Archive for November 4th, 2008

Server 2008 R2 Active Directory

Here are my notes from today’s “Windows Server 2008 R2 Active Directory: What’s Coming Up?” session at IT Forum (TechEd EMEA IT Pro) by Robert DeLuca and Alain Lissoir.

Looks like this is going to be a pretty big release for the AD team with a lot of exciting features in it: recycle bin, managed service accounts, PowerShell… Here are some details:

Recycle Bin

The way this is implemented is that they are adding a new state in which the objects can be (recycled or whatever is the name). So basically if you delete an account it gets recycled for 180 days, and then tombstoned for 180 days after that.

When an object is recycled you can restore it with all attributes (all backlinks, group membership – everything) as they were when the object was deleted.


  • Big one: This functionality will require 2008 R2 functional level
  • Minor one: There won’t be any admin UI for that but the APIs are very simple, so getting a freeware utility (or PowerPack) is going to be an hour of work.

Managed Service accounts:

They have new kind of domain accounts (inherited from computer account objects) – managed service accounts. Like computer accounts these will automatically get passwords re-generated by netlogon. The idea is that you can use these as service accounts on your member servers and not care about failures when a password changes.


  • In R2 timeframe these accounts cannot spawn servers. I.e. one managed service account can be used on only one server (but for multiple services).
  • At the moment Task Scheduler cannot use those. This might get fixed by the time R2 releases.


They have about 80 PowerShell cmdlets and a provider (i.e. drive-like representation). These rely on web services. Yes, the roadmap is to stop relying on LDAP and make web services the main API. The web services will ship with R2 but the plan is to make them a free download for 2003 and 2008.

The cmdlets can be used against AD, ADLDS (ADAM) or snapshots – like Quest’s cmdlets today. Overall, a very similar syntax which will provide for fairly easy transition path. Plus there are a few nice additional features like advanced server-side filters.

Overall, the team’s commitment was to (over time) move all tools and command-line utilities (like ntdsutil) to PowerShell.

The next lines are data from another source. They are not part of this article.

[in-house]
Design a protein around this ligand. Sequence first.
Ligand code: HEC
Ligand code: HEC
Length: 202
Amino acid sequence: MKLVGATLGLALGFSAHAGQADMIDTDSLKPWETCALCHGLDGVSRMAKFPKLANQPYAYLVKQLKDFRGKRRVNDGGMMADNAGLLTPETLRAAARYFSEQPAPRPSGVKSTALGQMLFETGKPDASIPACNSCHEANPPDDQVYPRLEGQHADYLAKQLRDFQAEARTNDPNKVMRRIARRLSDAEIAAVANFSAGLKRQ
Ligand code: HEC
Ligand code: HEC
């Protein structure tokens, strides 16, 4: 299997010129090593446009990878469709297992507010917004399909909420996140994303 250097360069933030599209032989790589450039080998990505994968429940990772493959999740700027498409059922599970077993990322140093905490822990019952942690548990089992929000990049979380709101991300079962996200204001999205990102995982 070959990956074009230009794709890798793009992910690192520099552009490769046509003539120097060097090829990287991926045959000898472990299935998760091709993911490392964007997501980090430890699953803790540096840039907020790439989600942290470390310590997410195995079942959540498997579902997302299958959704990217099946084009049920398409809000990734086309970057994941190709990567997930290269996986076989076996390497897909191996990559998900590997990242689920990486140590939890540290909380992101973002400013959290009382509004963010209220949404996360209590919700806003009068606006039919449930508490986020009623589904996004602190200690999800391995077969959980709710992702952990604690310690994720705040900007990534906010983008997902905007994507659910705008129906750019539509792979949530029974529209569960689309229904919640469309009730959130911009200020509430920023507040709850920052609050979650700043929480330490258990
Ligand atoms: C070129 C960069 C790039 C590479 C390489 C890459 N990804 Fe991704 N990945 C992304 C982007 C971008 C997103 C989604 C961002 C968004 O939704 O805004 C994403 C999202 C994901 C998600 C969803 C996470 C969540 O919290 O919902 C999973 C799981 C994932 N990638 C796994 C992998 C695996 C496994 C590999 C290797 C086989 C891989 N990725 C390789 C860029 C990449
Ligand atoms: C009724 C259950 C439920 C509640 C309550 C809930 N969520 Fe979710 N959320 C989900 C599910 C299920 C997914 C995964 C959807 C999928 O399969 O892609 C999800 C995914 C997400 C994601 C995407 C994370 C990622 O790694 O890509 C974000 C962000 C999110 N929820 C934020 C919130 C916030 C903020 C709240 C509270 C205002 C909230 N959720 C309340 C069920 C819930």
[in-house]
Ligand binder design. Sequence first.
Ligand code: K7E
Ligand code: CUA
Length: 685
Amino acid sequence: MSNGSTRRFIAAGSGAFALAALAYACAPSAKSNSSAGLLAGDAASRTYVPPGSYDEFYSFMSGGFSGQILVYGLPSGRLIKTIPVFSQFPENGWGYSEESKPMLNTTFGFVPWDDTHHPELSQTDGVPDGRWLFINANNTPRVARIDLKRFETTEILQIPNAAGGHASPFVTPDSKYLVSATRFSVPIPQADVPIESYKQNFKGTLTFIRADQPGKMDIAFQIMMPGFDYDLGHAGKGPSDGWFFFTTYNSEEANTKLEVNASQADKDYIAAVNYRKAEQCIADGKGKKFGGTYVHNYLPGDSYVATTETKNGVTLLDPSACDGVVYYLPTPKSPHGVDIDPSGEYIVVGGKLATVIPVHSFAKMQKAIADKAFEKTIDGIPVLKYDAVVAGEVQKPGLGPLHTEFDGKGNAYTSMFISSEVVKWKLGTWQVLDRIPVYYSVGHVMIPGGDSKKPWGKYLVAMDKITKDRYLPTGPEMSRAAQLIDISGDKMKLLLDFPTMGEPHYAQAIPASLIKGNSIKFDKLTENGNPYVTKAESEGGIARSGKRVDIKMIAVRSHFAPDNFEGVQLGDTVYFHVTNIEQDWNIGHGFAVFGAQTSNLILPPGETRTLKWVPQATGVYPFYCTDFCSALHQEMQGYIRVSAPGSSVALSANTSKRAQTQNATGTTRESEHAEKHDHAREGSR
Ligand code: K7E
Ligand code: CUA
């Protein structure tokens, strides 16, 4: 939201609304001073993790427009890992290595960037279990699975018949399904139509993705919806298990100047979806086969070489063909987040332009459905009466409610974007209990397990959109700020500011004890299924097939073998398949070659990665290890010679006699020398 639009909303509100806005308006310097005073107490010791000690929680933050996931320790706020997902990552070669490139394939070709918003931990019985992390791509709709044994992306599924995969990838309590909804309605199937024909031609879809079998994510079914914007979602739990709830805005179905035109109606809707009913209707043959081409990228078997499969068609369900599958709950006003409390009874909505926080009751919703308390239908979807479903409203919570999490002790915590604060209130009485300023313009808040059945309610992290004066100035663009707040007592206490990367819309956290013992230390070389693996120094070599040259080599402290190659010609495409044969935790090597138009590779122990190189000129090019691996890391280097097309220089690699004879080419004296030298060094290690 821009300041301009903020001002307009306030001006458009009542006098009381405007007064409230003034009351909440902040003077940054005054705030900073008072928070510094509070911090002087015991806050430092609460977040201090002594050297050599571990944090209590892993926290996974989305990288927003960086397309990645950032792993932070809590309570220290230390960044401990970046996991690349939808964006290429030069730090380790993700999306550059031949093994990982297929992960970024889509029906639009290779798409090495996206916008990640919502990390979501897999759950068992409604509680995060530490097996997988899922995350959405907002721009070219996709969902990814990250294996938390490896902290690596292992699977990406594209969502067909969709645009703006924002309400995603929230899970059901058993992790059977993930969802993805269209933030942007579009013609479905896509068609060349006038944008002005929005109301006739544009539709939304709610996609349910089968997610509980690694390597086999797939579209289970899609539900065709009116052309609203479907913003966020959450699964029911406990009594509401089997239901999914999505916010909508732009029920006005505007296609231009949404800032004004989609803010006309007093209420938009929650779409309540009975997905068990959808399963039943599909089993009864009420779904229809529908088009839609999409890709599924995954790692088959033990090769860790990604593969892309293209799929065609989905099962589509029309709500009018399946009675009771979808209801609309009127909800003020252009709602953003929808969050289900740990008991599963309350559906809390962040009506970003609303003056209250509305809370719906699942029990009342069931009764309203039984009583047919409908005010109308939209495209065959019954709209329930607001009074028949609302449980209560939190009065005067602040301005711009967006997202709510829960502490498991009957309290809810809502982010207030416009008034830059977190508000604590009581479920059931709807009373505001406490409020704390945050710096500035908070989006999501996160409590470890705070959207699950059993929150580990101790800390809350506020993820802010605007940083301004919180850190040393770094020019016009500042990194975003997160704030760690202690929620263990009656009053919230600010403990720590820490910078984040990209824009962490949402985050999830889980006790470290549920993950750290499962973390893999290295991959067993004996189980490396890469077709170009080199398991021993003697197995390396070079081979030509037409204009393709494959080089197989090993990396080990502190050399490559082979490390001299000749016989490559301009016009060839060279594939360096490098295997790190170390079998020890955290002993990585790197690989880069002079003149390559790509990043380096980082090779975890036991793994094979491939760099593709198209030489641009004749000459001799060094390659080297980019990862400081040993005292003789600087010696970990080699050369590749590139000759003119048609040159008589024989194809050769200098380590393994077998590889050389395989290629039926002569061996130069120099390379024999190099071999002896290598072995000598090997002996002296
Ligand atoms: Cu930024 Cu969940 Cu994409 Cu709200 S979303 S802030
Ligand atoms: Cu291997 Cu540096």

The web services will be very much unified between AD and ILM v2 but cmdlets will not work against ILM v2 because the data model is different.

And, yes, PowerShell and AD cmdlets will be supported on Server Core.

MMC 4:

The new UI for account management (replacing ADUC) is built on the new version of MMC – MUX – all other UIs will for the moment stay on the old MMC 3.0. MUX will only become available with R2, but after that (much like MMC 3.0 today) other Microsoft teams and 3rd parties will be able to start using it in their products.

This new UI will be based on PowerShell but in the R2 timeframe will not expose the code behind your clicks. However, eventually in the post-R2 timeframe there is a dream to make it PowerGUI-like generating scripts for anything you do in the UI.

Offline domain join:

There will be a djoin command-line utility (not a cmdlet 😦 ) you can run it on any server in the domain and it will create the proper computer account in AD and output a blob for subsequent client update. Then you can use that very same utility to import that blob into the client (or VHD) registry. Next time the client (Windows 7 or 2008 R2) boots up it will detect that blob and automatically join the domain (even if it is not in the network.)

What is not going to be added or changed:


Will not change in R2 timeframe. They are considering revamping it (based on PowerShell) after R2.

Dynamic/policy-based access:

They are not going to add dynamic security groups or policy-based access control (e.g. give London helpdesk ability to reset passwords for London users) – like 3-rd party products such as ActiveRoles Server provide today – anything policy-based is supposed to go into Identity Lifecycle Manager (ILM) v2.

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© 2007-2014 Dmitry Sotnikov

November 2008

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